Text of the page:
I have been buying a lot of vinyl recently! Why? Is this a retrograde step back in time? Has the compact disc failed? Non of the above. For some the resurgence of vinyl is a fashion thing. The latest item to have around your pad. Not to listen to, but to admire. The hipsters may have boosted the popularity for all things vinyl, but not for me. The current vogue for vinyl has piqued my interest in my ignored boxes of vinyl pushed into the garage and attic. The result of resurrecting my collection of vinyl has been threefold: a great emotional rush at re-engaging with records from my youth, at how good some of it sounds and how much I have lost over the years and having not got a clue where it all is! I suppose, just be glad I have what I have!
We can have debates about the merits of CD versus vinyl (hello Mr CBQ) but there is something about the tactile and emotional connection to a vinyl record that to be truthful CD has never really achieved. I know this is a pure nostalgia thing going back to my youth, but when I put on a record that I may not have touched or even heard in maybe 20 years, wow does that send an emotional jolt that takes me right back to memories when I first had these records.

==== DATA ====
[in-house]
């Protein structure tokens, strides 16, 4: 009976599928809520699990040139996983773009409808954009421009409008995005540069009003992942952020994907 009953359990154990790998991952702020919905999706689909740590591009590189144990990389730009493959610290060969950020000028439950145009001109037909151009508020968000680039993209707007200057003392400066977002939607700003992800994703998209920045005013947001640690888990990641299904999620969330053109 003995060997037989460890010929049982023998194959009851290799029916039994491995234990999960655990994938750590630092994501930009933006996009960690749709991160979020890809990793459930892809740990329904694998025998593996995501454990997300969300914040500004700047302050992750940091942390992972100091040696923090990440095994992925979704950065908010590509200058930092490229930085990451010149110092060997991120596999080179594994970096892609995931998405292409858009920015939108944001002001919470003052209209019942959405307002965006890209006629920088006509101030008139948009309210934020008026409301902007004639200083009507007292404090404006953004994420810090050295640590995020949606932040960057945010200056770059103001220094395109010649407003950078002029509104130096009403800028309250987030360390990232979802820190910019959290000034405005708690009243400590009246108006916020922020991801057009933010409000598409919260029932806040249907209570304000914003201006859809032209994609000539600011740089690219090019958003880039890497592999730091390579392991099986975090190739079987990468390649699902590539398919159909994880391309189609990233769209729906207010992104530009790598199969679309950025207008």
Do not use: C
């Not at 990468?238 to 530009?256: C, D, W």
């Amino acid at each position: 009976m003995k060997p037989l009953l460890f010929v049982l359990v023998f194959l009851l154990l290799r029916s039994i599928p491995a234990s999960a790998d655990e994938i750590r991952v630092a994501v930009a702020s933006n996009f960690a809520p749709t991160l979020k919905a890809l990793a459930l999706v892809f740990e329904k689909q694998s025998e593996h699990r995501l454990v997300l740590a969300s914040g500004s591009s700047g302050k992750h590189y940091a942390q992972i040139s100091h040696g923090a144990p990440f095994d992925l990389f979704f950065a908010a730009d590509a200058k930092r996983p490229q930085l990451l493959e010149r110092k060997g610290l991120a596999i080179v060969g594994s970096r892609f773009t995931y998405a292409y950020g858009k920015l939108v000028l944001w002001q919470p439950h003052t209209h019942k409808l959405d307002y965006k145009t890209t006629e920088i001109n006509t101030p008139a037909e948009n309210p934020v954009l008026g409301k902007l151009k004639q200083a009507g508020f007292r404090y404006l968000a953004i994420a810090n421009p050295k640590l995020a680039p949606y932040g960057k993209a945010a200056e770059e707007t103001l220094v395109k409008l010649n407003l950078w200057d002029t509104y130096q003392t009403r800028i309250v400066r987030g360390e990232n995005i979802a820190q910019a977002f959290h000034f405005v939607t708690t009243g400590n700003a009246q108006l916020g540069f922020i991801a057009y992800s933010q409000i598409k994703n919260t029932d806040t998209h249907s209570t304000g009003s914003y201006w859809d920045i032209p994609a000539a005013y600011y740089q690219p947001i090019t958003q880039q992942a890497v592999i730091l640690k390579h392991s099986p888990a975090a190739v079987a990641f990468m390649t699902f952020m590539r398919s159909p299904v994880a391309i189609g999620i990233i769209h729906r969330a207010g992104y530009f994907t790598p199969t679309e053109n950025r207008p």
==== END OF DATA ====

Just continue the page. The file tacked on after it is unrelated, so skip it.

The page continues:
Anyway, back to the matter at hand and Brain Salad Surgery by ELP. My, how many times has this been released over the years! Now the catalogue is with BMG and they have released CD as well as vinyl editions. So I have taken the opportunity to own this on vinyl for the first time. It is my favourite ELP album and did buy it when it was released. But, back in 1973 we were a household that did not have a record player. That was not introduced till 1975. I just had a crappy little plastic cassette player. So my listening was purely tape and mono at that! It's a pleasure to have this now on vinyl in all it's die-cut, gatefold glory. This was ELP at the height of their popularity, even the NME celebrated them by releasing excerpts of the album in a free flexi single. How things would change in a few years.
This new issue is taken from the latest remasters by Andy Pearce and Matt Wortham and sounds the best I have heard it. But it's the overall experience of the great package design, which can only be done justice in the vinyl format that makes Brain Salad Surgery one of progs golden greats.